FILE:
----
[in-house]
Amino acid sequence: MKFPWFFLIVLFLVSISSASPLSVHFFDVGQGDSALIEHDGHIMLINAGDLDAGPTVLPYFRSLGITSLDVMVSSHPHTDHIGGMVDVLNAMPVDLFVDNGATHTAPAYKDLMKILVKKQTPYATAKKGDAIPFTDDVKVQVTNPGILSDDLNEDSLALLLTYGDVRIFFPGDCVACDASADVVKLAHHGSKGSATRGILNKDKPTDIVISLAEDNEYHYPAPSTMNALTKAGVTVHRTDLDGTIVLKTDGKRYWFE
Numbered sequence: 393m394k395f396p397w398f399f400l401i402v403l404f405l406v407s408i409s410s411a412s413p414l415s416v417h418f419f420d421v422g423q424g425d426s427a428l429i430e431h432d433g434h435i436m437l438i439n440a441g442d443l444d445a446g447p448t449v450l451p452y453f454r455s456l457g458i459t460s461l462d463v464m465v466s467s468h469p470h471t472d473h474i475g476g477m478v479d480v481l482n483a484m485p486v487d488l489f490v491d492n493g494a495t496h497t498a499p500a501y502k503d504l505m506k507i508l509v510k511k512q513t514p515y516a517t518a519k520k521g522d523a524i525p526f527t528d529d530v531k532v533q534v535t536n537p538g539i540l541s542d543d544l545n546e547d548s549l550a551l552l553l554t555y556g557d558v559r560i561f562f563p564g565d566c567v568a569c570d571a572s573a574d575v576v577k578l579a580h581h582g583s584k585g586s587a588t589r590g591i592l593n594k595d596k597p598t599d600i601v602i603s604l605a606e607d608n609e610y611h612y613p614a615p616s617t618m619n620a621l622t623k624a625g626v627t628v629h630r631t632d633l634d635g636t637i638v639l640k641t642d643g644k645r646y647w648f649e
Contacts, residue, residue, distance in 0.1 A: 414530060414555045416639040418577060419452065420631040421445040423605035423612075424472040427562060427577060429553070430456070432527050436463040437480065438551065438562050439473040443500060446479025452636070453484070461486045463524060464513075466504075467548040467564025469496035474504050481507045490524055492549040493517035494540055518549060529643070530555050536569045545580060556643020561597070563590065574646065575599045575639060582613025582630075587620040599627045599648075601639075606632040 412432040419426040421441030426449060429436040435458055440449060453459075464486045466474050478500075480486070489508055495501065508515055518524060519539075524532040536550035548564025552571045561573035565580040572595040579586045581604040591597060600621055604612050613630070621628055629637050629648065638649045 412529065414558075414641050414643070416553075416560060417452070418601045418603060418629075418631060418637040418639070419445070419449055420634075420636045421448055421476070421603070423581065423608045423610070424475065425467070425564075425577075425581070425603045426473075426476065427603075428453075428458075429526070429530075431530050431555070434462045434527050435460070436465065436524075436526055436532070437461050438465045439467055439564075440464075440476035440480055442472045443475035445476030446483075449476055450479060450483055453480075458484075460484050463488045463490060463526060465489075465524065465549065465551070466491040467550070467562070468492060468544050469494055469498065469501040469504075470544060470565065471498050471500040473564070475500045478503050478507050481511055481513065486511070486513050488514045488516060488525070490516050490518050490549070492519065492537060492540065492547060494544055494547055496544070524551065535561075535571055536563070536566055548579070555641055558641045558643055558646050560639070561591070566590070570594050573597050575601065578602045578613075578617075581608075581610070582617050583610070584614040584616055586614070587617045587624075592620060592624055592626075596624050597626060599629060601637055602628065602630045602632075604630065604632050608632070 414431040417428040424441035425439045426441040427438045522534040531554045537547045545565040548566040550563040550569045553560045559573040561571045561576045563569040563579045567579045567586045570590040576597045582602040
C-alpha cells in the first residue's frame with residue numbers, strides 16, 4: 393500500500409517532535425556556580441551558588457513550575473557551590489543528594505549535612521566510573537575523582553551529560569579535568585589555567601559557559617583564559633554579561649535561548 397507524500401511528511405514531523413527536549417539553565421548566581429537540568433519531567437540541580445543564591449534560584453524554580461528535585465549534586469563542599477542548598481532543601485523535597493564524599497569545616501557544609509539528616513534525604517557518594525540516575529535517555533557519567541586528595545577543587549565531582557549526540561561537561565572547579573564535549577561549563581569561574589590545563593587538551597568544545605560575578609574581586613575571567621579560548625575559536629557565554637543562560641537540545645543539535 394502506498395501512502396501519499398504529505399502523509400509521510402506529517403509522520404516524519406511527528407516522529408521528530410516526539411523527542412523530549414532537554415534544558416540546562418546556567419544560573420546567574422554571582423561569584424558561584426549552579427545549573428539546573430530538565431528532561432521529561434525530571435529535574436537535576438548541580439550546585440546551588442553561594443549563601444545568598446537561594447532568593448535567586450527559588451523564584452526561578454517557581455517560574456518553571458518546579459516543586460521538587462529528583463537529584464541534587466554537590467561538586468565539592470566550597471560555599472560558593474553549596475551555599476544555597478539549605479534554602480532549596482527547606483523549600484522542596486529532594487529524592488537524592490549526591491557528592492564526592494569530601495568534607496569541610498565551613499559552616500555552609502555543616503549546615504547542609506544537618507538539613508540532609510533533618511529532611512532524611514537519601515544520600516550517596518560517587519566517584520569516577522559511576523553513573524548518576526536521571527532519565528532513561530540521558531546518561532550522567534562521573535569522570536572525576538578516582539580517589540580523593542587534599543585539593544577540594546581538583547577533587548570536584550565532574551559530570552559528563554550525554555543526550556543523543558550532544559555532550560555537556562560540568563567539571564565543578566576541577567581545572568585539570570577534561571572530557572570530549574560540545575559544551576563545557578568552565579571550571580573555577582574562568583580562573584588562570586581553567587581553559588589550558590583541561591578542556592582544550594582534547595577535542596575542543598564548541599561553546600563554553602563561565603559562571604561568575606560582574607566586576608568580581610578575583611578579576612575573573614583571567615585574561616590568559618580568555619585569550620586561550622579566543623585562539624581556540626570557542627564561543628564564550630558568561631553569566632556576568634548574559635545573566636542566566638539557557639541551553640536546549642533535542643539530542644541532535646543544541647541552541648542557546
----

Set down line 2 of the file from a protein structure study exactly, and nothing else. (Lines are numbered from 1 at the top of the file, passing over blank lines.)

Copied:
Amino acid sequence: MKFPWFFLIVLFLVSISSASPLSVHFFDVGQGDSALIEHDGHIMLINAGDLDAGPTVLPYFRSLGITSLDVMVSSHPHTDHIGGMVDVLNAMPVDLFVDNGATHTAPAYKDLMKILVKKQTPYATAKKGDAIPFTDDVKVQVTNPGILSDDLNEDSLALLLTYGDVRIFFPGDCVACDASADVVKLAHHGSKGSATRGILNKDKPTDIVISLAEDNEYHYPAPSTMNALTKAGVTVHRTDLDGTIVLKTDGKRYWFE